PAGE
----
Qualitative Research Methods in Drug Abuse and AIDS Prevention Research: An Overview

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Book Chapter

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Almost two decades ago, at the first workshop/technical review on qualitative research methods and ethnography sponsored by the National Institute on Drug Abuse (NIDA), Siegal (1977, p. 79) remarked that despite the existence of numerous excellent qualitative studies on drug abuse, “Ethnographers have had difficulty explaining precisely what they do.” In the intervening years, qualitative research methods have gained increasing importance as a systematic means of data collection and analysis that have become critical dimensions in drug abuse and AIDS research (Lambert 1990). For example, qualitative and ethnographic research are key components in NIDA’s recent program announcement, “Strategies to Reduce HIV Sexual Risk Practices in Drug Users.” Moreover, through the National AIDS Demonstration Research Program (Brown and Beschner 1993) and the Cooperative Agreement for AIDS Community-Based Outreach/Intervention research initiative, qualitative methodologists, or ethnographers. have worked increasingly on research teams composed of epidemiologists, statisticians, health educators, and psychologists, thereby promoting interdisciplinary cooperation. The recent publication of Denzin and Lincoln’s (1994a) compendium, “Handbook of Qualitative Research,” emphasizes this momentum toward interdisciplinary understanding.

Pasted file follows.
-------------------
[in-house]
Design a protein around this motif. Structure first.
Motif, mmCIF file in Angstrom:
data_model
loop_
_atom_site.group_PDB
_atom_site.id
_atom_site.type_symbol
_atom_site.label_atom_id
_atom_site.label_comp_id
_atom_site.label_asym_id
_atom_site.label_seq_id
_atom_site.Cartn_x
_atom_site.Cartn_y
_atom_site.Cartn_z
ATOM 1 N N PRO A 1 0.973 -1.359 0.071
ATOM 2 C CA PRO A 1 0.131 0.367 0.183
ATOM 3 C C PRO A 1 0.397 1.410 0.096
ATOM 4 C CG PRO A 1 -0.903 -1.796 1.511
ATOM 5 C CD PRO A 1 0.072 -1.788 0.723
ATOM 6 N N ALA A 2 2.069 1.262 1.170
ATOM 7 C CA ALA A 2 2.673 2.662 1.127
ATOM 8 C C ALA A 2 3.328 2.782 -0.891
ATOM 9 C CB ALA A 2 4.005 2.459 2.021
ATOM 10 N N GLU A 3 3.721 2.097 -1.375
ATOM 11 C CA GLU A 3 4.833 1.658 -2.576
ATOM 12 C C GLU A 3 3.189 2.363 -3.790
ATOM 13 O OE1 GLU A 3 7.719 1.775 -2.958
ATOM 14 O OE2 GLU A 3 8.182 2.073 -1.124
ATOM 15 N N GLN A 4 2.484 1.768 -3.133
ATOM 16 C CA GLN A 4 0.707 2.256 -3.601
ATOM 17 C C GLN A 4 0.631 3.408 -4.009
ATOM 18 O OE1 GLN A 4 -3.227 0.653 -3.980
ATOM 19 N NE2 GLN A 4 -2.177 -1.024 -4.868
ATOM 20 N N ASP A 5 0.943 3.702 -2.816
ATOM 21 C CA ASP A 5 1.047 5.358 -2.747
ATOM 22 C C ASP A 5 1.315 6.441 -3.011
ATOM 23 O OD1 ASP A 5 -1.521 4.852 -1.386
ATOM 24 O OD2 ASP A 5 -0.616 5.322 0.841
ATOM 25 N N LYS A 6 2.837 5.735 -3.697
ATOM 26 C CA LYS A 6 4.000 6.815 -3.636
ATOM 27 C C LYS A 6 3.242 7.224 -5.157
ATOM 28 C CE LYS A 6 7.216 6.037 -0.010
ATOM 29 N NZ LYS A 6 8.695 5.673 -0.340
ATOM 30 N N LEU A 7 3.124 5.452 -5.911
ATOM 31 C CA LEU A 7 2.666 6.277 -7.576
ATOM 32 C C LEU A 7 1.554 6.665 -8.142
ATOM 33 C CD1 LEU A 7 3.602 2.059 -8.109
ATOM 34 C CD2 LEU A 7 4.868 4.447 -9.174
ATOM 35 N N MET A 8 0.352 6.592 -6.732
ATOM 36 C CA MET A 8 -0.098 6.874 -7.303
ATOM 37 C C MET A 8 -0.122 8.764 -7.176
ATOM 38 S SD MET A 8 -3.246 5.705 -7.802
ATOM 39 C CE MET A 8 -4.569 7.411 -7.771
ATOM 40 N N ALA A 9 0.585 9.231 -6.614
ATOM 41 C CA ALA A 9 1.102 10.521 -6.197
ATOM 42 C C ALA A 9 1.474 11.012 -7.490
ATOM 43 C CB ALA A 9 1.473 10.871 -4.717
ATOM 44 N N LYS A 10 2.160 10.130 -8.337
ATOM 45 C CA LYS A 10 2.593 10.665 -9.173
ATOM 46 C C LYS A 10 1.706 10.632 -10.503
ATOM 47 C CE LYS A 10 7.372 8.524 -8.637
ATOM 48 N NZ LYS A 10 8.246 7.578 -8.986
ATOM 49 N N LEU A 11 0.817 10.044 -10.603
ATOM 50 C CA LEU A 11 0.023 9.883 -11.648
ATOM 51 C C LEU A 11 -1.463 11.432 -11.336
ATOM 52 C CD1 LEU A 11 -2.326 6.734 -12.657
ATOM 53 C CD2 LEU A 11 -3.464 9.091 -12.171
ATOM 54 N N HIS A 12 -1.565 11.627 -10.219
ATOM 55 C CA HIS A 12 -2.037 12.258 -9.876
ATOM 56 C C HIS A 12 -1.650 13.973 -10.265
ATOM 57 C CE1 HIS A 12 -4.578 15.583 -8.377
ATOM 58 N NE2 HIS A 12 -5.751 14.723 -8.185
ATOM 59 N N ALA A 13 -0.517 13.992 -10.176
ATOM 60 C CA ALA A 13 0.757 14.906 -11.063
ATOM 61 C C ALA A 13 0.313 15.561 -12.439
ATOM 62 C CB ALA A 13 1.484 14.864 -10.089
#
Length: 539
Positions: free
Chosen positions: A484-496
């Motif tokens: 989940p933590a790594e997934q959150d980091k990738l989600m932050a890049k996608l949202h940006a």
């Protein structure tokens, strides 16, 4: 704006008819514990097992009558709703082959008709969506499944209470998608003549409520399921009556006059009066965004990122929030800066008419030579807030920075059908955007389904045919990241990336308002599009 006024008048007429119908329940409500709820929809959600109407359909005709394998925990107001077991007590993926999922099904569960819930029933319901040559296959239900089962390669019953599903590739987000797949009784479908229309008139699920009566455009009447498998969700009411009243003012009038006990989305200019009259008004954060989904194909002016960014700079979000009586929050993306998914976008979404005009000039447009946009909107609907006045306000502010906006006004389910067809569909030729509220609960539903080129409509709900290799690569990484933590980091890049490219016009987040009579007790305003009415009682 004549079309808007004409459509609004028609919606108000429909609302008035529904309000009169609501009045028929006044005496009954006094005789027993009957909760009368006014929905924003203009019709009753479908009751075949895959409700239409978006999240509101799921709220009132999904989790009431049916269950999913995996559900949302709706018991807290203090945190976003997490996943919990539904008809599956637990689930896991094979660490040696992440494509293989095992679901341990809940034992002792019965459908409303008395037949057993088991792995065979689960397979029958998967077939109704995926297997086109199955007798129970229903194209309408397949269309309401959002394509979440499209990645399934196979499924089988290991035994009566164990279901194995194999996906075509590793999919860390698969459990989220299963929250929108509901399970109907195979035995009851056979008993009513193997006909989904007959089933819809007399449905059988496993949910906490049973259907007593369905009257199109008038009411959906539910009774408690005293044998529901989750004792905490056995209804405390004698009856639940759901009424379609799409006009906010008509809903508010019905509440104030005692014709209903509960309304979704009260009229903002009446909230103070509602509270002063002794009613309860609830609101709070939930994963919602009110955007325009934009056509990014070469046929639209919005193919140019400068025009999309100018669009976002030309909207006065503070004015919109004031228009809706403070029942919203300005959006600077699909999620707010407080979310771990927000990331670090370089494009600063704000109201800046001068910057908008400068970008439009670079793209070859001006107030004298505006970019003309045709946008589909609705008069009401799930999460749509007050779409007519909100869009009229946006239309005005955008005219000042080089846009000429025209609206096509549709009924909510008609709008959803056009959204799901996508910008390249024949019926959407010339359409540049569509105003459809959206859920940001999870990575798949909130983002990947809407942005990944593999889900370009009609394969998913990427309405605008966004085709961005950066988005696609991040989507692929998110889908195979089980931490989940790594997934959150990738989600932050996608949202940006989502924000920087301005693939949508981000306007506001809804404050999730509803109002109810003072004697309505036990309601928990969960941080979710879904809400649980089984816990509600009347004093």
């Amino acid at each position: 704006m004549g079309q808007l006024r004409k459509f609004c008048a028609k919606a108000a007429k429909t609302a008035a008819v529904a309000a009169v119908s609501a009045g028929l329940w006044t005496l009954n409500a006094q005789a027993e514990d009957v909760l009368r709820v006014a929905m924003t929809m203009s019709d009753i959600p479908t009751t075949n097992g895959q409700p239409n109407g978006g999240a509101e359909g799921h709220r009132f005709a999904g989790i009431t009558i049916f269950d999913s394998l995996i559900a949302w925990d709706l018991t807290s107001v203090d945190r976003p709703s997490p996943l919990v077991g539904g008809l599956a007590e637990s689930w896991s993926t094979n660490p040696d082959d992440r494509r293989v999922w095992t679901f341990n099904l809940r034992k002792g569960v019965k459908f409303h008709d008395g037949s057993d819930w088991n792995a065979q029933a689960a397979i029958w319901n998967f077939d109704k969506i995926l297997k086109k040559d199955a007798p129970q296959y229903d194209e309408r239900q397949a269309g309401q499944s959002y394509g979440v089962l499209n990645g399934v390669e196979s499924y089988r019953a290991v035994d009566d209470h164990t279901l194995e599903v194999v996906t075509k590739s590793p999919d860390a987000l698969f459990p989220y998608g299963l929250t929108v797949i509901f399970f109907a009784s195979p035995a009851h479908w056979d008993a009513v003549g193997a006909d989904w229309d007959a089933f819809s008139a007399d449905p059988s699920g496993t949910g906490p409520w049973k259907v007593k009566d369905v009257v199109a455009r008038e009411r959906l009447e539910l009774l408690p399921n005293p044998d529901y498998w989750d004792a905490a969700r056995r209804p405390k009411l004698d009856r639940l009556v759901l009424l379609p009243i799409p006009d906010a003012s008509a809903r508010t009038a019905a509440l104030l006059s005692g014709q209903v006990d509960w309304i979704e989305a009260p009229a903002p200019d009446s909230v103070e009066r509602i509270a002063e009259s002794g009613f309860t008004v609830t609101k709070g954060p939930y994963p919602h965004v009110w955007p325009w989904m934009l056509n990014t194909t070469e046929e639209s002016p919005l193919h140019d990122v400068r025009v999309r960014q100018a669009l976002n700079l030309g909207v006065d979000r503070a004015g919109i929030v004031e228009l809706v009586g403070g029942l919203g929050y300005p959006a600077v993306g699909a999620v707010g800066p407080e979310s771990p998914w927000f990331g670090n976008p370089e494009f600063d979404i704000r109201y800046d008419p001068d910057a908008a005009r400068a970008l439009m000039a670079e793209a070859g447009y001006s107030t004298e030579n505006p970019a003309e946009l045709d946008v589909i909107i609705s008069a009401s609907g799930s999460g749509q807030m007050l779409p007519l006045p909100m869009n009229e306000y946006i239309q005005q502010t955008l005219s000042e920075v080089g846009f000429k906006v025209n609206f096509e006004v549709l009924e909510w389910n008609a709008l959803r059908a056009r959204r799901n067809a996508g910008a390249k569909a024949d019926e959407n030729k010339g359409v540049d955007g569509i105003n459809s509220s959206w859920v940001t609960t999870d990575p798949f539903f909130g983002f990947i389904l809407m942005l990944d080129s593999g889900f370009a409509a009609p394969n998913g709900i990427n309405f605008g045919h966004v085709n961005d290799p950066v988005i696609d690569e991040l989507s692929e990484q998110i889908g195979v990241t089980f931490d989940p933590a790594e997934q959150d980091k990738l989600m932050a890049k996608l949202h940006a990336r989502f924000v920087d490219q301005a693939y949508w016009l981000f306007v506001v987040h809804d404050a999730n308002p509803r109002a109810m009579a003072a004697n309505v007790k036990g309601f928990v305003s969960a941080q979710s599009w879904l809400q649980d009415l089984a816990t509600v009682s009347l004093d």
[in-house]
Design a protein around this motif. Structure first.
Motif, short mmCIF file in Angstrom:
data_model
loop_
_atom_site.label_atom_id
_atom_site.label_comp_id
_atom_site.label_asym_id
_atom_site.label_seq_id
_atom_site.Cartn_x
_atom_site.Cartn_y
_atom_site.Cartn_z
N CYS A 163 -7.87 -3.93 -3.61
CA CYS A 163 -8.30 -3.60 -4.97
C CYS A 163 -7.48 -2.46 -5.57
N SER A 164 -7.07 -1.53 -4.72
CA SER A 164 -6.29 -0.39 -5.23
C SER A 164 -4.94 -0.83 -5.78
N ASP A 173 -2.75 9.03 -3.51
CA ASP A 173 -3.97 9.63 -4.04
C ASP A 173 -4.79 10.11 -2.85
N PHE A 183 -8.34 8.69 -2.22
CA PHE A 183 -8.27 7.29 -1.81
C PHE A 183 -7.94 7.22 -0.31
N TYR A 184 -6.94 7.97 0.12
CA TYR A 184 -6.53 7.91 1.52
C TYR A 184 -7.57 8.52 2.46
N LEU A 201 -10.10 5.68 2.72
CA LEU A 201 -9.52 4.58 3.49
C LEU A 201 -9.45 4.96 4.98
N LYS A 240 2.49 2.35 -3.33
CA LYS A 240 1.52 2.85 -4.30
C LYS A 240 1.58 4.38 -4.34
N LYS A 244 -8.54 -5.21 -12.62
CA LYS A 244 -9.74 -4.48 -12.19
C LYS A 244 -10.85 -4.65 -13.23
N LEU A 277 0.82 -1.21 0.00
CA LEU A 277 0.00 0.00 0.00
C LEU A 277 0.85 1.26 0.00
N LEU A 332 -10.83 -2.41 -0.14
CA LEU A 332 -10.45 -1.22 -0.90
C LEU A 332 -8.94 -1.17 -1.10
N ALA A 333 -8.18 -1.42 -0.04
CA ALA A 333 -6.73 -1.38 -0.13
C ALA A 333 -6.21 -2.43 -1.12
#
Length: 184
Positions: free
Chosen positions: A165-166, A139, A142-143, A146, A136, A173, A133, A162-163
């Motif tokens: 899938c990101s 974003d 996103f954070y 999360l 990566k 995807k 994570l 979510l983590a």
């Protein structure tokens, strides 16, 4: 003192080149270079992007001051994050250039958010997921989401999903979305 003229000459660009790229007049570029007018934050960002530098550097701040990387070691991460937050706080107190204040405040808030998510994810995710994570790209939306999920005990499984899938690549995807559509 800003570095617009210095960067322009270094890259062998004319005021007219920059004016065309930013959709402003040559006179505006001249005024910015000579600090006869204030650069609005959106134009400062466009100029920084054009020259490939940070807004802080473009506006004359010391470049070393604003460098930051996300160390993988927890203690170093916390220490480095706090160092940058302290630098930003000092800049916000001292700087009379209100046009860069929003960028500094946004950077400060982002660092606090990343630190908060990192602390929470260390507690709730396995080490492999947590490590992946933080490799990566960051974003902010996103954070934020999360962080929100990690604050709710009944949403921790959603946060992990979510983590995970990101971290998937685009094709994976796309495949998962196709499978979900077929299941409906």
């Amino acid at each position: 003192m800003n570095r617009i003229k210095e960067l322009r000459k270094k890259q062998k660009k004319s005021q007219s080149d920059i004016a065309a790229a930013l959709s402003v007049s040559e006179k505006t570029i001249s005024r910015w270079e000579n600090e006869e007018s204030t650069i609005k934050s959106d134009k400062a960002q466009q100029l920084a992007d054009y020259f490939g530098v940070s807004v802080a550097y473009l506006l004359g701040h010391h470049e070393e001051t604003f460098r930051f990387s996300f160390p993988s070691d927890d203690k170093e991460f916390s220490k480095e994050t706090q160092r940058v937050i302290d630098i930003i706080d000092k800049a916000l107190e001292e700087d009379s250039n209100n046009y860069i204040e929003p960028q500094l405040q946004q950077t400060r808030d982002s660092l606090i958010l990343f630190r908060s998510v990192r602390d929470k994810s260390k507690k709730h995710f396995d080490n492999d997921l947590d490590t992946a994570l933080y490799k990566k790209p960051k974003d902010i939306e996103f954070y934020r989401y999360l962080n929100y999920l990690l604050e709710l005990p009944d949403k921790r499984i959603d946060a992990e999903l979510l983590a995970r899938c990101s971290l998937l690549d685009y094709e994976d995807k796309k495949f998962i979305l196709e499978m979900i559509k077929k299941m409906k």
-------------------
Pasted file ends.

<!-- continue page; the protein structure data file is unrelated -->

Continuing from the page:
Despite the increased receptivity toward qualitative research methods, however, there is still some lack of clarity in what qualitative methodologists do. This chapter presents an overview of what qualitative research methods are, how they are used, and the key features required for their successful application. The ways in which qualitative methods contribute to the goal of preventing and treating drug abuse as well as associated problems, such as HIV infection, are emphasized.